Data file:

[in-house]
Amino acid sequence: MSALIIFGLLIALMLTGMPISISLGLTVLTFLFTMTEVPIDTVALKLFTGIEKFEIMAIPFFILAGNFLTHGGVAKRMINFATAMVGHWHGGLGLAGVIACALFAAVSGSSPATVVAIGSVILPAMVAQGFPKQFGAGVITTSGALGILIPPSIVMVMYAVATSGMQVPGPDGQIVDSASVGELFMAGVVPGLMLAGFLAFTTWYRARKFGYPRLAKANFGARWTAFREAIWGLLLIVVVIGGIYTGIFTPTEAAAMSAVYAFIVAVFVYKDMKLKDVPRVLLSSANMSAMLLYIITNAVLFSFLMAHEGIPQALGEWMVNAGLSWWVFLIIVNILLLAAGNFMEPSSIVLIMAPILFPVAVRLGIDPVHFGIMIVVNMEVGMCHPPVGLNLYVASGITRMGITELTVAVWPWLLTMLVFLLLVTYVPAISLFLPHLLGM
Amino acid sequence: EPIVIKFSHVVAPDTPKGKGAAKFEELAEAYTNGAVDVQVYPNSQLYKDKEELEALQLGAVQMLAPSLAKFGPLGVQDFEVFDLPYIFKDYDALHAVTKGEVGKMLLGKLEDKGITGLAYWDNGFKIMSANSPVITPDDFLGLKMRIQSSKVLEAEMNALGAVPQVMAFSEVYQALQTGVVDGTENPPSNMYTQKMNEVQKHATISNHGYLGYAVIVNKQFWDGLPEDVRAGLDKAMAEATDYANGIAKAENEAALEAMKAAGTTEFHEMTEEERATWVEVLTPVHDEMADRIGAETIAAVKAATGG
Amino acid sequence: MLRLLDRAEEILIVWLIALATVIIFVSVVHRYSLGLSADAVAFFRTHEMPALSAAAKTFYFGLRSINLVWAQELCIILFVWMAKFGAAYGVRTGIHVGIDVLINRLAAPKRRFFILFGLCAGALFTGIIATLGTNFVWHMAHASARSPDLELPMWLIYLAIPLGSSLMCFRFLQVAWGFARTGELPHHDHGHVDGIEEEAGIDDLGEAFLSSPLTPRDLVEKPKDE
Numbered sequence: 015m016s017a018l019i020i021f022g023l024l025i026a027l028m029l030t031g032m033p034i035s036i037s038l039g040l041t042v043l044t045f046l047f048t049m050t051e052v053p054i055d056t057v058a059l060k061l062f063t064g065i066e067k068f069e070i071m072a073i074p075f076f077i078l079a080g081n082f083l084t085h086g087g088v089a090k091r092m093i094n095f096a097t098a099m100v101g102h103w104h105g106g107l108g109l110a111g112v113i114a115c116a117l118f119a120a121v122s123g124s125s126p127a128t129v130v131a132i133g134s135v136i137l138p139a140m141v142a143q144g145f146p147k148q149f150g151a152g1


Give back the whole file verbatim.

[in-house]
Amino acid sequence: MSALIIFGLLIALMLTGMPISISLGLTVLTFLFTMTEVPIDTVALKLFTGIEKFEIMAIPFFILAGNFLTHGGVAKRMINFATAMVGHWHGGLGLAGVIACALFAAVSGSSPATVVAIGSVILPAMVAQGFPKQFGAGVITTSGALGILIPPSIVMVMYAVATSGMQVPGPDGQIVDSASVGELFMAGVVPGLMLAGFLAFTTWYRARKFGYPRLAKANFGARWTAFREAIWGLLLIVVVIGGIYTGIFTPTEAAAMSAVYAFIVAVFVYKDMKLKDVPRVLLSSANMSAMLLYIITNAVLFSFLMAHEGIPQALGEWMVNAGLSWWVFLIIVNILLLAAGNFMEPSSIVLIMAPILFPVAVRLGIDPVHFGIMIVVNMEVGMCHPPVGLNLYVASGITRMGITELTVAVWPWLLTMLVFLLLVTYVPAISLFLPHLLGM
Amino acid sequence: EPIVIKFSHVVAPDTPKGKGAAKFEELAEAYTNGAVDVQVYPNSQLYKDKEELEALQLGAVQMLAPSLAKFGPLGVQDFEVFDLPYIFKDYDALHAVTKGEVGKMLLGKLEDKGITGLAYWDNGFKIMSANSPVITPDDFLGLKMRIQSSKVLEAEMNALGAVPQVMAFSEVYQALQTGVVDGTENPPSNMYTQKMNEVQKHATISNHGYLGYAVIVNKQFWDGLPEDVRAGLDKAMAEATDYANGIAKAENEAALEAMKAAGTTEFHEMTEEERATWVEVLTPVHDEMADRIGAETIAAVKAATGG
Amino acid sequence: MLRLLDRAEEILIVWLIALATVIIFVSVVHRYSLGLSADAVAFFRTHEMPALSAAAKTFYFGLRSINLVWAQELCIILFVWMAKFGAAYGVRTGIHVGIDVLINRLAAPKRRFFILFGLCAGALFTGIIATLGTNFVWHMAHASARSPDLELPMWLIYLAIPLGSSLMCFRFLQVAWGFARTGELPHHDHGHVDGIEEEAGIDDLGEAFLSSPLTPRDLVEKPKDE
Numbered sequence: 015m016s017a018l019i020i021f022g023l024l025i026a027l028m029l030t031g032m033p034i035s036i037s038l039g040l041t042v043l044t045f046l047f048t049m050t051e052v053p054i055d056t057v058a059l060k061l062f063t064g065i066e067k068f069e070i071m072a073i074p075f076f077i078l079a080g081n082f083l084t085h086g087g088v089a090k091r092m093i094n095f096a097t098a099m100v101g102h103w104h105g106g107l108g109l110a111g112v113i114a115c116a117l118f119a120a121v122s123g124s125s126p127a128t129v130v131a132i133g134s135v136i137l138p139a140m141v142a143q144g145f146p147k148q149f150g151a152g1